Opened 9 years ago

Closed 9 years ago

Last modified 7 years ago

#2838 closed defect (wontfix)

ifequal and ifnotequal give unexpected results for True/False comparison

Reported by: micktwomey@… Owned by: adrian
Component: Template system Version:
Severity: normal Keywords:
Cc: Triage Stage: Unreviewed
Has patch: no Needs documentation: no
Needs tests: no Patch needs improvement: no
Easy pickings: UI/UX:


The ifequal and ifnotequal tags behave in an unexpected manner when comparing a variable against True or False. They never evaluate to true or false when comparing a variable against True or False. I think this happens when django.template.defaulttags.IfEqualNode tries to resolve True/False using django.template.resolve_variable and gets and exception, so it uses None for the comparison.

I know it's better to write if or if not tags in templates, but this kind of mistake could trip up beginners. One possible fix is to change resolve_variable so it knows about True and False, another would be to simply document this and recommend if/if not instead.

An example template with the problem:

    <title>ifequal bug</title>
    <h1>ifequal bug</h1>
    <p>{% for i in stuff %}
      {{i}}{% ifequal forloop.last True %}.{% endifequal %}
    {% endfor %}</p>
    <p>{% for i in stuff %}
      {{i}}{% if forloop.last %}.{% endif %}
    {% endfor %}</p>

    <p>{% for i in stuff %}
      {% ifnotequal forloop.first False %},{% endifnotequal %}{{i}}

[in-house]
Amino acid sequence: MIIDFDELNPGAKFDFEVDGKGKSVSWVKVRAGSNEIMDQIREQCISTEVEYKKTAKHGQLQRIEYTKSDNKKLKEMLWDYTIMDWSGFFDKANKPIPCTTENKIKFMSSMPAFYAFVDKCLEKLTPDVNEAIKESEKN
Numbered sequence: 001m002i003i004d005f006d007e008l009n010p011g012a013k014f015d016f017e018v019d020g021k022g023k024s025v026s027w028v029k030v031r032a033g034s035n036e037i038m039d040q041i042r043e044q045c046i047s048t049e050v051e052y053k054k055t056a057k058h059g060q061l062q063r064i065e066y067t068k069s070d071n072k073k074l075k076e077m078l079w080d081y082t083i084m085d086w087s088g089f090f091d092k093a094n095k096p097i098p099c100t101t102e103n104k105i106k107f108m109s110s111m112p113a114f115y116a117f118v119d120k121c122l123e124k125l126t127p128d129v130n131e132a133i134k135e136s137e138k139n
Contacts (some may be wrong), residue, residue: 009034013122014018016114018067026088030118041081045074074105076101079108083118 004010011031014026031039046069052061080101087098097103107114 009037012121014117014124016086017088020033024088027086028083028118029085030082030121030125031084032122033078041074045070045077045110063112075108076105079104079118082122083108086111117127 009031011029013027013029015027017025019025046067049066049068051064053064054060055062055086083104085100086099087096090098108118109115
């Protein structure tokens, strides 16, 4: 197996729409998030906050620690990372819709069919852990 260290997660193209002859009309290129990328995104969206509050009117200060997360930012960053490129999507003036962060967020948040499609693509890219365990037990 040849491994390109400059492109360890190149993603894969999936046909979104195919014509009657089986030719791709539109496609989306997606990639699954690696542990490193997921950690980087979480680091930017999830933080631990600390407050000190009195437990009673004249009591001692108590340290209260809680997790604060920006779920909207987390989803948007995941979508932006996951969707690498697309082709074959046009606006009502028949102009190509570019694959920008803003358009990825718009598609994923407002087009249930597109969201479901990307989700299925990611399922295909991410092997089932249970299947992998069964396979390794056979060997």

{% endfor %}</p>
    <p>{% for i in stuff %}
      {% if not forloop.first %},{% endif %}{{i}}
    {% endfor %}</p>


and the output:

ifequal bug

1 2 3 4

1 2 3 4.


,1 ,2 ,3 ,4

1 ,2 ,3 ,4

Change History (3)

comment:1 Changed 9 years ago by mtredinnick

  • Resolution set to wontfix
  • Status changed from new to closed

No, we don't want to do this (it was in very briefly and reverted in [3680]). Template tags know about two types of things: context variables (words without quotes) and strings (words in double quotes). Your wish is that it treats certain other words as reserved words, which just overloads things further.

See this thread on django-developers for an explanation of why we do things the current way.

comment:2 Changed 9 years ago by mtredinnick

I have updated the documentation to explain how to test against True and False in [3880].

comment:3 Changed 7 years ago by sgornick

Shouldn't an attempt to do this throw an exception then instead of executing it and providing an unexpected result?

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